Once upon a time, Serena Williams lost to Madison Brengle at the ASB Classic in her second match of 2017.
(Madison Brengle, who was double bagelled by Venus Williams in the 2015 Wimbledon first round.)
(Madison Brengle, the world no. 72, who entered the season on a four match losing streak, and made it beyond the second round just seven times in 28 events last year.)
(Madison Brengle, whom Serena had beaten 6-0 6-1 in their only previous meeting.)
The wind blew up a gale. Serena Williams and her powerful aggression did not like it.
Serena Williams thus hit 88 unforced errors.
In Auckland last season, sister Venus hit 72 unforced errors to lose to Daria Kasatkina in round one. That’s the equivalent of the number of points needed to win three sets in a row.
And 88 is 16 unforced errors more. For the average player, it’s pretty dreadful. For the greatest woman ever to grace the game, that’s appalling. In Serena’s words: “It’s unprofessional.”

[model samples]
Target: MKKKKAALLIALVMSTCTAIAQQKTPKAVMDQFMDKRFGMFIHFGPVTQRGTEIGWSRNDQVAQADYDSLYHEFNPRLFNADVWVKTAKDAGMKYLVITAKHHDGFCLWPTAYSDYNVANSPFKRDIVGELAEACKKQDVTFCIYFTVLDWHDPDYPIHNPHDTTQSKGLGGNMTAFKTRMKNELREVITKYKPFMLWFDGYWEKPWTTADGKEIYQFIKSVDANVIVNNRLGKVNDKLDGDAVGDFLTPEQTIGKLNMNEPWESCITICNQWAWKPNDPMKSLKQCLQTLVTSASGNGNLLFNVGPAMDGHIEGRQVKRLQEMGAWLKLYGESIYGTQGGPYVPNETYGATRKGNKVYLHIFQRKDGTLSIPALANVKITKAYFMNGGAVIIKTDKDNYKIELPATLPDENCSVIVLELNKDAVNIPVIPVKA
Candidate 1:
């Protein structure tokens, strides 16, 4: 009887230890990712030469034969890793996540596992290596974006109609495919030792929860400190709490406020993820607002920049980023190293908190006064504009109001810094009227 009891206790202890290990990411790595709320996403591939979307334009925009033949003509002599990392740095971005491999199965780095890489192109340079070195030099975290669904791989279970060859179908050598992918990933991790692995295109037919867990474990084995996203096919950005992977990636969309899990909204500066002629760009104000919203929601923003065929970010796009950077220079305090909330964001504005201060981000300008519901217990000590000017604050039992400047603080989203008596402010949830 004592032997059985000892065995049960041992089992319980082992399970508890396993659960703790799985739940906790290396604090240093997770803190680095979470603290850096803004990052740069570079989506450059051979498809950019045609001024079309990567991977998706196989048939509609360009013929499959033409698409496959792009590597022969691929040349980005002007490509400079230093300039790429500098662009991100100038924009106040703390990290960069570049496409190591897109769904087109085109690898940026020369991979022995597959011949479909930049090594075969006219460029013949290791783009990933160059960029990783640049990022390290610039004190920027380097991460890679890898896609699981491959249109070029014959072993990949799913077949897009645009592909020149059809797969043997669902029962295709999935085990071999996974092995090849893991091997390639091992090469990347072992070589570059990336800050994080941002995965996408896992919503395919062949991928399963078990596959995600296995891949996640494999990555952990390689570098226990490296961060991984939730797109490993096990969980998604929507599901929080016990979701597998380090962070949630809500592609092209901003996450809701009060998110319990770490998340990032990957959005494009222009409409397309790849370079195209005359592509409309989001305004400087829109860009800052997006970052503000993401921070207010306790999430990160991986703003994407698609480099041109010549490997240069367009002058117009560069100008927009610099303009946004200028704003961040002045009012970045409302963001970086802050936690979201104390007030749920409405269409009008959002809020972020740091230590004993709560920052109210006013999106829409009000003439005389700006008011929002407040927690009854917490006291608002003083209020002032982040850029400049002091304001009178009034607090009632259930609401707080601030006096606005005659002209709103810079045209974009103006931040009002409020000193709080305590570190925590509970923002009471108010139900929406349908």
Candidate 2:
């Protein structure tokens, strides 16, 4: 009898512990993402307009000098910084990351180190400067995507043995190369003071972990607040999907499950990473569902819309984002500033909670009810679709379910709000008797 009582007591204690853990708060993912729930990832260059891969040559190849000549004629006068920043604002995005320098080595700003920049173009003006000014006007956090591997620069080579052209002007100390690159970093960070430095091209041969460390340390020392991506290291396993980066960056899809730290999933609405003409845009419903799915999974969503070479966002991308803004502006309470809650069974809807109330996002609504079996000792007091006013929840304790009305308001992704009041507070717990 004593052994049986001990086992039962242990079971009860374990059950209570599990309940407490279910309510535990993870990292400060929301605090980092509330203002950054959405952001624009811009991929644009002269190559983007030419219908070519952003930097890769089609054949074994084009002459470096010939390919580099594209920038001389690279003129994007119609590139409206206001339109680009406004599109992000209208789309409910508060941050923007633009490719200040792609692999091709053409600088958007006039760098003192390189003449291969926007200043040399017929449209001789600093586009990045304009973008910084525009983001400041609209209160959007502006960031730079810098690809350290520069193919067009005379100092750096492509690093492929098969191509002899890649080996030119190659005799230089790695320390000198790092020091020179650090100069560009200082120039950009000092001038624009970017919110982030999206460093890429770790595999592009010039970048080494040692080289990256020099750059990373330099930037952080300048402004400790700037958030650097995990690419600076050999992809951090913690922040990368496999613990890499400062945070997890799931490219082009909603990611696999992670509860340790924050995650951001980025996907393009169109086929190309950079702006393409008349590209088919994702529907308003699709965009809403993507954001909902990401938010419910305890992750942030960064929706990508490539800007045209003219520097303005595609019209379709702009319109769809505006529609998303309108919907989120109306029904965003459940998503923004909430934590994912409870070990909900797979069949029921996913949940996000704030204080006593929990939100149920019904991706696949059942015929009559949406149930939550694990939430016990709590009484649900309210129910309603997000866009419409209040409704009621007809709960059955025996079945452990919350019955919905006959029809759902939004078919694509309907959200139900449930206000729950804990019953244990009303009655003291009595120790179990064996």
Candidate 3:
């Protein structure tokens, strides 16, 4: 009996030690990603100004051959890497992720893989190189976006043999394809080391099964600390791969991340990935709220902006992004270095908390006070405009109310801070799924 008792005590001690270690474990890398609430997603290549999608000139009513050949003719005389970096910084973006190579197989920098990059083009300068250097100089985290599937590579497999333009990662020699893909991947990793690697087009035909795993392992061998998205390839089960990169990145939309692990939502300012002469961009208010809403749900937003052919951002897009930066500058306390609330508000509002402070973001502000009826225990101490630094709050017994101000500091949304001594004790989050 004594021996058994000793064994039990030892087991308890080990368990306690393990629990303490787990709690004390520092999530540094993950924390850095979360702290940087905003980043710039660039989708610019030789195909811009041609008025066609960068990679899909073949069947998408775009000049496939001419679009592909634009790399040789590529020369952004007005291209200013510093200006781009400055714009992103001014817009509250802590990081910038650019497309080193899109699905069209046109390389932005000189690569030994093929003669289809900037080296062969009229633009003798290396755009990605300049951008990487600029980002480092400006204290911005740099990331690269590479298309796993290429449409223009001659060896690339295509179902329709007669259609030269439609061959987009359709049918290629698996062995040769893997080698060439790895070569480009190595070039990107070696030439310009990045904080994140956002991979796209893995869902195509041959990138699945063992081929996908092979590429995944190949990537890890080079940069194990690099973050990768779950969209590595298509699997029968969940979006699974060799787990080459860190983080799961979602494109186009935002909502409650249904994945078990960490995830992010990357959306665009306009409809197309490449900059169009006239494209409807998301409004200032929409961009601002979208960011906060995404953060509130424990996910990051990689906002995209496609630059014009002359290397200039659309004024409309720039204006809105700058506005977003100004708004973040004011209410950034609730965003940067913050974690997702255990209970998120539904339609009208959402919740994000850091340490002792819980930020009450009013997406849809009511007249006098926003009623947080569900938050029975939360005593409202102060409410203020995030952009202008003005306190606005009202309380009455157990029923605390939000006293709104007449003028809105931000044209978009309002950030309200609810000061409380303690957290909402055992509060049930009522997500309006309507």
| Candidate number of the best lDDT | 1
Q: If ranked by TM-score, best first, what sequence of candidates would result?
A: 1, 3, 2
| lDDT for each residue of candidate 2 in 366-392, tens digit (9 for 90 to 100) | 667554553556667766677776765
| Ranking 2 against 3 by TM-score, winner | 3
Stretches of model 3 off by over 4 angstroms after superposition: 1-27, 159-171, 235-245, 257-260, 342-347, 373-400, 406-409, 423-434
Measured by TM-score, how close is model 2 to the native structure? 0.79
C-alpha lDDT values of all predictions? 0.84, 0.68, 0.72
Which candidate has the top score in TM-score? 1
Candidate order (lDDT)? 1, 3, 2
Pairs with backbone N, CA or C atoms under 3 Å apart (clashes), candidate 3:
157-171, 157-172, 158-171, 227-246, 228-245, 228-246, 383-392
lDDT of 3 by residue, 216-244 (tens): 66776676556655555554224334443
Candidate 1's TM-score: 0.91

“I just couldn’t get used to the wind,” the top seed reflected. “My opponent played in the exact same conditions, so obviously she was used to it and her game was more suited to it, but it was just really annoying me for whatever reason.”
Crazy weather, and 88 unforced errors (despite 43 winners to Brengle’s eight) tell the story of this result.
Short and simple: This will not dictate Serena Williams’ season.
Brengle: “If I played even uglier off the return? Is that a good idea?”
Coach: “I think you might as well.”
Brengle: “Because if I’m actually hitting it she’s like ‘Oh yeah, this is nice’, and just hits it over the net.”
Brengle: “Because… I think she’s like, surprised how bad I am.”